By John Davison and Ahmed Rasheed
NAJAF, Iraq (Reuters) – In the pre-dawn hours of Nov. 28, after Iraqi demonstrators set the Iranian consulate in the southern holy city of Najaf ablaze, the killings began.
By the end of that day, Iran-linked militiamen in Najaf and Iraq’s elite Interior Ministry forces in Nassiriya farther south had shot dead scores of mostly unarmed demonstrators with assault rifles and machine guns. It was the single bloodiest episode of Iraq’s two-month-old anti-government uprising.
The next day, Iran-backed Prime Minister Adel Abdul Mahdi said he would quit.
Reuters interviews with more than two-dozen protesters, paramedics, security officials and politicians in Najaf, Nassiriya and Baghdad revealed how the government’s brutal response and the actions of uncontrolled militias on the ground led to the prime minister’s resignation. Abdul Madhi’s successor – who will be an interim leader – is technically supposed to be named this week.
The downfall of Abdul Mahdi earned a scalp for tens of thousands of protesters seeking to remove an Iraqi ruling elite they view as corrupt and fend off Iran’s influence in their country.
Reuters’ interviews filled in details of that November day, including the lead-up to the killings and the flurry of backroom activity that signaled the end for Abdul Mahdi. Most sources declined to be named out of concern for retribution from the government or armed groups.
Many of the circumstances have not been previously reported, including what led to the security forces’ fatal attacks on 60 demonstrators in Nassiriya, and how much pressure from Shi’ite clans in the south was brought to bear on religious and state institutions.
Two senior security sources involved in advising the Iraqi government, speaking out for the first time, told Reuters that after the consulate burned in Najaf, Abdul Mahdi dispatched at least five military commanders to “restore security by any means” in the southern Shi’ite and tribal heartlands. In response, they said, the commander sent to Nassiriya, Lieutenant General Jamil al-Shammari, ordered elite Rapid Response Division units to fire upon unarmed protesters.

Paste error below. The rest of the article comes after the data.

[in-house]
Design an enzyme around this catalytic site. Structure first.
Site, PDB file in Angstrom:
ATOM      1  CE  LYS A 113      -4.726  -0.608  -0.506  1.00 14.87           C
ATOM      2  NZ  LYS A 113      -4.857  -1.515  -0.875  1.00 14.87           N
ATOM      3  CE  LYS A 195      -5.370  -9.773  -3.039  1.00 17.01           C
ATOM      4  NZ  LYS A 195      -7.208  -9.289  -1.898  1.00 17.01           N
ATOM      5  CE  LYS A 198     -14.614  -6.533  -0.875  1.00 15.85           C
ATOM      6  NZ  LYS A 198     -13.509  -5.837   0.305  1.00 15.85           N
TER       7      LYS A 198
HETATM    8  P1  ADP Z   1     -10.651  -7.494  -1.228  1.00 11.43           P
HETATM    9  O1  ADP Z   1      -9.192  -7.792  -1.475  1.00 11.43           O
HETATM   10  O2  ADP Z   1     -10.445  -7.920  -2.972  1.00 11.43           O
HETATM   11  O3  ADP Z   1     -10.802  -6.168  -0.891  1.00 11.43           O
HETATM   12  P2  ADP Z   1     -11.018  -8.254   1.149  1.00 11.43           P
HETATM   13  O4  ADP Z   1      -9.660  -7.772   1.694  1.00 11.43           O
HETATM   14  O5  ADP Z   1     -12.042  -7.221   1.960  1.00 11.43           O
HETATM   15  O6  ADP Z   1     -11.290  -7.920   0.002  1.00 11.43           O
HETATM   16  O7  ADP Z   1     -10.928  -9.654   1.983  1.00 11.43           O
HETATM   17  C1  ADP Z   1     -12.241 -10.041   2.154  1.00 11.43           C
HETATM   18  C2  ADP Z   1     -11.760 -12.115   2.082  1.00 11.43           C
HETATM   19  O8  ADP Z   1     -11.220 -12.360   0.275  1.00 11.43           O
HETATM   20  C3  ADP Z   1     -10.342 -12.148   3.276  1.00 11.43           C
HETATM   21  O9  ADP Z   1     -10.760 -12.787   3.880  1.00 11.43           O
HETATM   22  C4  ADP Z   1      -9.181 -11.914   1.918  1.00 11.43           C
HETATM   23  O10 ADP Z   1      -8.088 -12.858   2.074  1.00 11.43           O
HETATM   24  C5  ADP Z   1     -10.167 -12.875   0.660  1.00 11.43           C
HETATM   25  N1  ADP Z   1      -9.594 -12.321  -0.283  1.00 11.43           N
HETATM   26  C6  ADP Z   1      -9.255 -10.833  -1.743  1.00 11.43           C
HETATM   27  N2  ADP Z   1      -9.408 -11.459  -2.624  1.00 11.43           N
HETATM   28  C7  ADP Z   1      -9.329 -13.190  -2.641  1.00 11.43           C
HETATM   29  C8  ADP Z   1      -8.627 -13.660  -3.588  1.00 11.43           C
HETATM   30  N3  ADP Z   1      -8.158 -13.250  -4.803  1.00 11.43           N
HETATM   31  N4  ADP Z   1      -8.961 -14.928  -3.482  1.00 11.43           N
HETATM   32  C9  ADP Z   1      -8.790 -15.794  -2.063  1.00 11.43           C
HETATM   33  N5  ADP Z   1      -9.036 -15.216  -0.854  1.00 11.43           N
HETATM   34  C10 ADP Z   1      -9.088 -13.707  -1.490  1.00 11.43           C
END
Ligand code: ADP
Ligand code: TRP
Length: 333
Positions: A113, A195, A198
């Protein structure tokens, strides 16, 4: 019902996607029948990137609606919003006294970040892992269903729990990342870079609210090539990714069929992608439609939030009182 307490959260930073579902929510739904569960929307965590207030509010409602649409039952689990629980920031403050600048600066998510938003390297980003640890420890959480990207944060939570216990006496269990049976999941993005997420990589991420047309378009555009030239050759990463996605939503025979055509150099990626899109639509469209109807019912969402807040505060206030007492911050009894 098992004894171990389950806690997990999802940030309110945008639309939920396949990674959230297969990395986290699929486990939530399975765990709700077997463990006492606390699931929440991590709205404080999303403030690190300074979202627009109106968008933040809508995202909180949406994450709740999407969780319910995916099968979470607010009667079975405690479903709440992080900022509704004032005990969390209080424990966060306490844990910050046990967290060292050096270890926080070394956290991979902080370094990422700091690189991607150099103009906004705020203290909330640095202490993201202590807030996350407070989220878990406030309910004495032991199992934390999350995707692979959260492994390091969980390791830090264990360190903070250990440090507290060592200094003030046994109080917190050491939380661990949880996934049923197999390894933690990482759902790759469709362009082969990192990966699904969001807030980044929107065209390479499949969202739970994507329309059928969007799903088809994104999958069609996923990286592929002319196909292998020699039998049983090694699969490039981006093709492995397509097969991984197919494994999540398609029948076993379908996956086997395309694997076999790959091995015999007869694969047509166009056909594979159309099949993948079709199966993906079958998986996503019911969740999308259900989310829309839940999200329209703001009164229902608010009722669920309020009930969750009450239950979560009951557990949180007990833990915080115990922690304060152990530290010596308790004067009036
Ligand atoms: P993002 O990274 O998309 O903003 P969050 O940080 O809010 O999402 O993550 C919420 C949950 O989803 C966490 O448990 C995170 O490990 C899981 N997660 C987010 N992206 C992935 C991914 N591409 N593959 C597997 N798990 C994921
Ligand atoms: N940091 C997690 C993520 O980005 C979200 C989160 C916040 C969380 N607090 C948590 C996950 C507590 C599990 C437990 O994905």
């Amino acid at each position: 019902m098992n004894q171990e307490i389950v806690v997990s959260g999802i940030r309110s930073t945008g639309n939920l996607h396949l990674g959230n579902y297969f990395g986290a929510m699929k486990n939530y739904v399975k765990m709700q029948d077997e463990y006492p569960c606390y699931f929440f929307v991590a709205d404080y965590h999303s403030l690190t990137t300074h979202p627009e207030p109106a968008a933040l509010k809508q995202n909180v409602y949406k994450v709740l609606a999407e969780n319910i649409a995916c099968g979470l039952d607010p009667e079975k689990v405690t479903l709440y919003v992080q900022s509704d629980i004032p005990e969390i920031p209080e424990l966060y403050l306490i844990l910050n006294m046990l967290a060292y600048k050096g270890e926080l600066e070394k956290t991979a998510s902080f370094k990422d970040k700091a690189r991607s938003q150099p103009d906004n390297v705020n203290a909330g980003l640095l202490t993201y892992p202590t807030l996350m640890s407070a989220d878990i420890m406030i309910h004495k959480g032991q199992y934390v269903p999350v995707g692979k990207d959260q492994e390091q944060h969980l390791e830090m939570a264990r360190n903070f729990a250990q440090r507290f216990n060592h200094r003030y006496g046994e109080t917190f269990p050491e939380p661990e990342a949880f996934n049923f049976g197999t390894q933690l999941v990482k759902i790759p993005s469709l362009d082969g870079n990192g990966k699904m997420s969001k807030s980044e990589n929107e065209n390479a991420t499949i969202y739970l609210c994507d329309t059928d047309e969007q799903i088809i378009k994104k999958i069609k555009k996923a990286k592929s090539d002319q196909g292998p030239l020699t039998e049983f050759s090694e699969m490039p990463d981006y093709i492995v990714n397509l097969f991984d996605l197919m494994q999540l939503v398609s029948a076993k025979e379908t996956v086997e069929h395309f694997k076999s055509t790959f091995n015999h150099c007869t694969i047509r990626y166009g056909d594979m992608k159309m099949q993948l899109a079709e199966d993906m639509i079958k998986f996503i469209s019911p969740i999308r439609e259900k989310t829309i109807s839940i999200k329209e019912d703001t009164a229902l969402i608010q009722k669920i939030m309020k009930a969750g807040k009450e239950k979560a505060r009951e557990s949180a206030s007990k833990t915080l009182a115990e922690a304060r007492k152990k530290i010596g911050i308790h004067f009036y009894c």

“Sending military men to handle security in turbulent areas like Nassiriya and Najaf was the wrong decision,” one of the security sources privy to the internal deliberations said. “When the prime minister read why so many people were killed in Nassiriya, he realized he’d made a big mistake.”
Under tribal pressure to take a stand against the violence that felled some of their kinsmen, the country’s most prominent Shi’ite cleric, Grand Ayatollah Ali al-Sistani, ended support for the government, tribal and clerical sources said. That, in turn, spelled the end for Abdul Mahdi.
Spokespeople for the Iraqi government, the military and Iraqi paramilitary groups did not respond to requests for comment. Iraq has previously denied ordering live fire against demonstrators, and paramilitary groups, including Iran-linked militias have denied a role in putting down protests. Reuters could not reach Shammari, who went into hiding after the killings, for comment.
Iranian officials could not be reached but have consistently denied groups they back have killed peaceful protesters.
YEARS OF FRUSTRATION
The move to replace Abdul Mahdi is unlikely to end the biggest protests against Iraq’s Shi’ite Muslim-dominated, Iran-backed political class which ascended after the 2003 U.S.-led invasion that toppled dictator Saddam Hussein. Already, more than 400 people have been killed in the unrest since October.
After decades of war against its neighbors, U.N. sanctions, two U.S. invasions, foreign occupation, sectarian civil war, and the difficult but ultimately successful defeat of the Islamic State insurgency in 2017, many Iraqis are desperate. Their frustration, culminating in the current uprising, is inflamed by the breakdown of public services, broken infrastructure and a lack of jobs despite oil output at record levels.
The first blood on November 28 was shed in Nassiriya, at about 3 a.m., five hours after the military commanders were ordered south.
Rapid Response units led by Shammari began shooting at demonstrators blocking a bridge and nearby roads in an attack that lasted about two hours, protesters said. Thirty-one people were killed that morning and 29 more died over the next 24 hours, according to police and hospital sources.
Three medics showed gruesome videos on their phones of protesters with fatal wounds from gunfire. Reuters could not verify the videos.
“All those who died were from bullets to the head or chest,” said Karar Hacham, a 30-year-old medic and activist. “A lot of ammunition used was from BKC machine guns.”